Re: The Ontogenesis of the Gurwitschian Perceptual Structure Part II

From: Ray Recchia (
Date: Wed 10 Sep 2003 - 00:41:47 GMT

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    Those sound like a couple of reasonable experiments. You just need to find someone to run them. There must be some psychologists out there who have access to children of the right age to try this with. I almost surprised that no one has tried this since those original experiments were done in the 70s.

    Ray Recchia

    At 07:07 PM 9/9/2003 -0500, you wrote:
    >Apparently, although parts I and III of this paper posted, Part II
    >failed to. Here it is...
    >The growth of the discipline of semiots has furnished
    >investigators with more precise and powerful ways of seeking to
    >answer such questions. Semiotics is the study of signs and sign
    >systems, and is subdivided into syntactics (the study of sigh-sign
    >relations within a sign system), pragmatics (the study of the
    >relationship of signs to their producers), and semantics (the study
    >of the relationship between signs and the referents which they
    >represent). Far broader than the study of language per se,
    >semiotics studies all types of symbolic behavior, and insights
    >garnered in the field have made possible the deveopment of
    >experiments the results of which unambiguously indicate the
    >presence or absence of capacities within preverbal infants. For
    >instance, a study by Lewis and Brooks-Gunn (1979) explored the
    >acquisition of self-awareness in preverbal infants by attempting to
    >elicit behavior symbolic of its presence or absence. Infants were
    >placed in front of mirrors after a spot of rouge was applied to each
    >infant's nose. If the infant ignored the rouge or touched the mirror
    >(as if the image was one of a conspecific, or another infant), self-
    >awareness was judged to be absent. If, however, the infant
    >touched his or her own nose, he or she was deemed to be self-
    >aware. Such nose-touching behavior was never observed in infants
    >younger than fifteen months of age, and rarely prior to eighteen;
    >between the ages of eithteen and twenty months a dramatic
    >increase in self-directed behavior was noted, and at the age of
    >twenty-four months practiaclly all subjects tested touched their
    >noses. This is the same period in which object permanence
    >appears, thus corroborating Piaget's hypothesis that construction
    >of self and reality proceed in parallel from their perceptual
    >interface into internalized self-identity and externalized world-
    >stability (1972, 1976). An experiment of this type would seem to
    >offer the best hope of investigating the development of perceptual
    >structure within the child.
    >The disruption of the mother's face-voice relationship has been
    >shown to distress infants four months old, and perhaps as early as
    >one month old (Aronson & Rosenbloom, 1971; Carpenter, 1973;
    >McGurk and Lewis, 1974). This entails that by the age of four
    >months (and possibly earlier), both the mother's face and her voice
    >are known to and recognizeable by the infant, and this fact can be
    >used in studies based upon selective attention.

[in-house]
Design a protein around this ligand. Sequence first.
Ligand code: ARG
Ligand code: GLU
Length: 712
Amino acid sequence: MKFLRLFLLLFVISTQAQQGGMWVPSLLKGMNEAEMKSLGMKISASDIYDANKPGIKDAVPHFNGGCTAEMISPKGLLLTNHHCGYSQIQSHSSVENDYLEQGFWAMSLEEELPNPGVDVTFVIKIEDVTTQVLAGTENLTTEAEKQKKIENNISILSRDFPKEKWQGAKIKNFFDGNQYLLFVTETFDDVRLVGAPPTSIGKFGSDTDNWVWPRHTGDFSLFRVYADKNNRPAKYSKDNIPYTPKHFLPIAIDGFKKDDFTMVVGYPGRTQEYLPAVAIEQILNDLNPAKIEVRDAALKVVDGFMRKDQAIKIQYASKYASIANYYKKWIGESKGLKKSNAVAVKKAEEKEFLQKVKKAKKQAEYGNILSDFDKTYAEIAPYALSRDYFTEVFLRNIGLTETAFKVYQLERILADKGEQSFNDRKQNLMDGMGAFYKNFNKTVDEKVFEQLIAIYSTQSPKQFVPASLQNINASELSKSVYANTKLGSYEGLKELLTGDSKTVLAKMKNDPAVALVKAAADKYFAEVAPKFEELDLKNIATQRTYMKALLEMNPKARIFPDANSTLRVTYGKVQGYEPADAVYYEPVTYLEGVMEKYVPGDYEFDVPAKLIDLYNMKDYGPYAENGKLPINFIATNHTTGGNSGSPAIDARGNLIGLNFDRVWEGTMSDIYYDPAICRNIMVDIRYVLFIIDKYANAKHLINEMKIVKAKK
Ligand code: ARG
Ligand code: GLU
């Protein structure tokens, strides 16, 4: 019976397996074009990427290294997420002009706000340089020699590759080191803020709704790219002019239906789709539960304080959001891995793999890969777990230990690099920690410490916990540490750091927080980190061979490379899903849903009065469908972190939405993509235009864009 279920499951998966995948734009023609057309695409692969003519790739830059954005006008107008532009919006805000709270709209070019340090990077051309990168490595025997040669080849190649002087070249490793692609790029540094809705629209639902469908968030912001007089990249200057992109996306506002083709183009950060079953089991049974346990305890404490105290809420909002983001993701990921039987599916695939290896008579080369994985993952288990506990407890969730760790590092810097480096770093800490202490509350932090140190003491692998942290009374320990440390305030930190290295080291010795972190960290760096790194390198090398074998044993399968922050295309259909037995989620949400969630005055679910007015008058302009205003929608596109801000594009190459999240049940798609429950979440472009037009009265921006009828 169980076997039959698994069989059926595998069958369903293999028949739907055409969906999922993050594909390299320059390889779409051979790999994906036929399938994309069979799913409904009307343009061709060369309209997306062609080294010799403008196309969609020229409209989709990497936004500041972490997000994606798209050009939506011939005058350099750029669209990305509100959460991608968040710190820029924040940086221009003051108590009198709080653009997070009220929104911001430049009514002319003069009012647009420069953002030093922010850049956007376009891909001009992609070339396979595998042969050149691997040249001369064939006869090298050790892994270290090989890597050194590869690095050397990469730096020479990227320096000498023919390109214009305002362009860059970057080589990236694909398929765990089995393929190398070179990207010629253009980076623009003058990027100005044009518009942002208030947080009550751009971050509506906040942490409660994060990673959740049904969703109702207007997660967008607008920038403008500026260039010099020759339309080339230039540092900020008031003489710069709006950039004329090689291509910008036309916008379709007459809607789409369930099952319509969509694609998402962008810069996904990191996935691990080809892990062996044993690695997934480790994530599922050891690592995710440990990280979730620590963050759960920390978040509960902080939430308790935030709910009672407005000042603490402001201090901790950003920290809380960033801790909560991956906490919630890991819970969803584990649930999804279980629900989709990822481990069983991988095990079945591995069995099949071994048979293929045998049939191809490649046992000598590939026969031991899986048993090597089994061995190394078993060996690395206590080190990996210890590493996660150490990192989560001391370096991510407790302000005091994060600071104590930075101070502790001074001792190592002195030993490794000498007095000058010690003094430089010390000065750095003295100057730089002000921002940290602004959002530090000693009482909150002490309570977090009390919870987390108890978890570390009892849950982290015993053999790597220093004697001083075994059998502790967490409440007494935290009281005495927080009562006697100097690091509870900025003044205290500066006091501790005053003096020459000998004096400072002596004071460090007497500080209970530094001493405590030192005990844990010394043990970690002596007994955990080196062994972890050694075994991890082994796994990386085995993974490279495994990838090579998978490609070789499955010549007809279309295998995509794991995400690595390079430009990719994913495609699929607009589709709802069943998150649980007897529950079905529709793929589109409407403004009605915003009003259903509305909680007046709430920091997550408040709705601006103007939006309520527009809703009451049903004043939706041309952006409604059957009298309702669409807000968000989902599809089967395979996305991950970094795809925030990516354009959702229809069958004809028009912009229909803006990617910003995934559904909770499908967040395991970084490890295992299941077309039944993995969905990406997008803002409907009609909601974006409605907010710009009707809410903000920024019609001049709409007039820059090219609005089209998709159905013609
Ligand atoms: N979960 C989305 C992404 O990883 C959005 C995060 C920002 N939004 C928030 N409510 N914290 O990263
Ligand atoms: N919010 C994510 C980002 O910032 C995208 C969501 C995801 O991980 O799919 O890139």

>Infants of various ages are chosen who demonstrate selective
    >attention to pictures of their mothers' faces. They are than
    >presented with increasingly abstract representational renderings of
    >their mothers' faces, nested within arrays of representations,
    >rendered in the same styles, of the faces of adults unfamiliar to
    >them. Some forms of abstraction which readily suggest
    >themselves are color, shape (mirror distortion), and gestalt
    >closure, as well as two or more types of alteration in concert. The
    >percentage of presence of selective attention to the renderings of
    >their mothers' faces is noted for each age group and the data is
    >analyzed for significant statistical differences.
    >Infants are chosen who display selective attention to recordings of
    >their mothers' voices. They are than presented with increasingly
    >distorted recordings of their mothers' voices, nested within
    >sequences of strangers' voices distorted in the same manner.
    >Possible forms of distortion include pitch, timbre, inflection, and
    >two or more types of distortion in combination. The percentage of
    >presence of selective attention to the recordings of their mothers'
    >voices is noted for each age group and the data is anlyzed for
    >significant statistical differences.
    >In both experimental cases, the develoment of perceptual
    >sophistication in the studied modality may be inferred from the
    >level of abstraction and distortion which nevertheless elicits
    >statistically significant selective attention from the preverbal
    >infants. It is hypothecized that older infants will selectively attend
    >to more complexly altered stimuli, and that critical periods akin to
    >the one for self-awareness which Lewis and brooks-Gunn found
    >will be discovered, one for visuospatial stimuli and one for
    >auditory stimuli, where dramatic increases in the infants'
    >recognition (measured via selective attention) of altered or
    >distorted mother-based stimuli will be observed, and that these
    >critical periods will be mappable onto the sequence of cortical
    >myelination noted in Kraft.

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